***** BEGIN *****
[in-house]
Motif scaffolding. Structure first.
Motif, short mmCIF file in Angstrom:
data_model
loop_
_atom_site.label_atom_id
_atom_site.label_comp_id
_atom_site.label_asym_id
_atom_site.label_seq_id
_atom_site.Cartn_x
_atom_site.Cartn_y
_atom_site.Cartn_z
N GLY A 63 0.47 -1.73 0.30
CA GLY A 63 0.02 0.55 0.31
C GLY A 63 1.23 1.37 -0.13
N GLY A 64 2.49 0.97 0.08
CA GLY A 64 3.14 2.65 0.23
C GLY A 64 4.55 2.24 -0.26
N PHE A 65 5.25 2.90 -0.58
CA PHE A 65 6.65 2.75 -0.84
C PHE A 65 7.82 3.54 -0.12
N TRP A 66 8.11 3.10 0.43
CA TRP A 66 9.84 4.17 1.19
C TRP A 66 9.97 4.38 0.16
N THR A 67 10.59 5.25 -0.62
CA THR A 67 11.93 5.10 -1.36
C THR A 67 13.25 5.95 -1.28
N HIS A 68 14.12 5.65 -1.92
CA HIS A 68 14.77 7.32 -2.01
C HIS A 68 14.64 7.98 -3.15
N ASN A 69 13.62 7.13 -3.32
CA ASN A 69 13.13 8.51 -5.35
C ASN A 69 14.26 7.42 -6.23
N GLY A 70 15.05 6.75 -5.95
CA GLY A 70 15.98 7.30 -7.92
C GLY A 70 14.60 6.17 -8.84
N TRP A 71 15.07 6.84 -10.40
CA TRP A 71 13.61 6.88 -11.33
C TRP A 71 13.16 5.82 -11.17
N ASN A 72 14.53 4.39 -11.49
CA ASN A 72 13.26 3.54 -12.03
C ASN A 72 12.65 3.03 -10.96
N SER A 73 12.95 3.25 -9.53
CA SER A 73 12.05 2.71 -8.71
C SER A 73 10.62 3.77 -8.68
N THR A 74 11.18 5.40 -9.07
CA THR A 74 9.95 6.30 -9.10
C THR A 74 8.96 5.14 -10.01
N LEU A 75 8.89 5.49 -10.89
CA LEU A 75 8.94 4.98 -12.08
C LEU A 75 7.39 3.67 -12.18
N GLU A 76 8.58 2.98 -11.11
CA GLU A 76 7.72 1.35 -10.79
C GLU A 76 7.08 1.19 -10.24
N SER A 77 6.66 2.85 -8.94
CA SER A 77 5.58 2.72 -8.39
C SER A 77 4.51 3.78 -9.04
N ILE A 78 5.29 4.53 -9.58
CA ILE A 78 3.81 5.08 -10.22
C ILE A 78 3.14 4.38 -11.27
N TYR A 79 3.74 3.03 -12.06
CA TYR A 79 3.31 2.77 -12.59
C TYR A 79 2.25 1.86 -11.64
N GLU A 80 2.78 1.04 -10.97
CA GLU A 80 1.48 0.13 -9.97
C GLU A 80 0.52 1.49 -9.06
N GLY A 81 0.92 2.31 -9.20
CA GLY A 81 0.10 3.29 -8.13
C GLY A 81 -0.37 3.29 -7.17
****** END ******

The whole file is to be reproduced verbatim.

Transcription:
[in-house]
Motif scaffolding. Structure first.
Motif, short mmCIF file in Angstrom:
data_model
loop_
_atom_site.label_atom_id
_atom_site.label_comp_id
_atom_site.label_asym_id
_atom_site.label_seq_id
_atom_site.Cartn_x
_atom_site.Cartn_y
_atom_site.Cartn_z
N GLY A 63 0.47 -1.73 0.30
CA GLY A 63 0.02 0.55 0.31
C GLY A 63 1.23 1.37 -0.13
N GLY A 64 2.49 0.97 0.08
CA GLY A 64 3.14 2.65 0.23
C GLY A 64 4.55 2.24 -0.26
N PHE A 65 5.25 2.90 -0.58
CA PHE A 65 6.65 2.75 -0.84
C PHE A 65 7.82 3.54 -0.12
N TRP A 66 8.11 3.10 0.43
CA TRP A 66 9.84 4.17 1.19
C TRP A 66 9.97 4.38 0.16
N THR A 67 10.59 5.25 -0.62
CA THR A 67 11.93 5.10 -1.36
C THR A 67 13.25 5.95 -1.28
N HIS A 68 14.12 5.65 -1.92
CA HIS A 68 14.77 7.32 -2.01
C HIS A 68 14.64 7.98 -3.15
N ASN A 69 13.62 7.13 -3.32
CA ASN A 69 13.13 8.51 -5.35
C ASN A 69 14.26 7.42 -6.23
N GLY A 70 15.05 6.75 -5.95
CA GLY A 70 15.98 7.30 -7.92
C GLY A 70 14.60 6.17 -8.84
N TRP A 71 15.07 6.84 -10.40
CA TRP A 71 13.61 6.88 -11.33
C TRP A 71 13.16 5.82 -11.17
N ASN A 72 14.53 4.39 -11.49
CA ASN A 72 13.26 3.54 -12.03
C ASN A 72 12.65 3.03 -10.96
N SER A 73 12.95 3.25 -9.53
CA SER A 73 12.05 2.71 -8.71
C SER A 73 10.62 3.77 -8.68
N THR A 74 11.18 5.40 -9.07
CA THR A 74 9.95 6.30 -9.10
C THR A 74 8.96 5.14 -10.01
N LEU A 75 8.89 5.49 -10.89
CA LEU A 75 8.94 4.98 -12.08
C LEU A 75 7.39 3.67 -12.18
N GLU A 76 8.58 2.98 -11.11
CA GLU A 76 7.72 1.35 -10.79
C GLU A 76 7.08 1.19 -10.24
N SER A 77 6.66 2.85 -8.94
CA SER A 77 5.58 2.72 -8.39
C SER A 77 4.51 3.78 -9.04
N ILE A 78 5.29 4.53 -9.58
CA ILE A 78 3.81 5.08 -10.22
C ILE A 78 3.14 4.38 -11.27
N TYR A 79 3.74 3.03 -12.06
CA TYR A 79 3.31 2.77 -12.59
C TYR A 79 2.25 1.86 -11.64
N GLU A 80 2.78 1.04 -10.97
CA GLU A 80 1.48 0.13 -9.97
C GLU A 80 0.52 1.49 -9.06
N GLY A 81 0.92 2.31 -9.20
CA GLY A 81 0.10 3.29 -8.13
C GLY A 81 -0.37 3.29 -7.17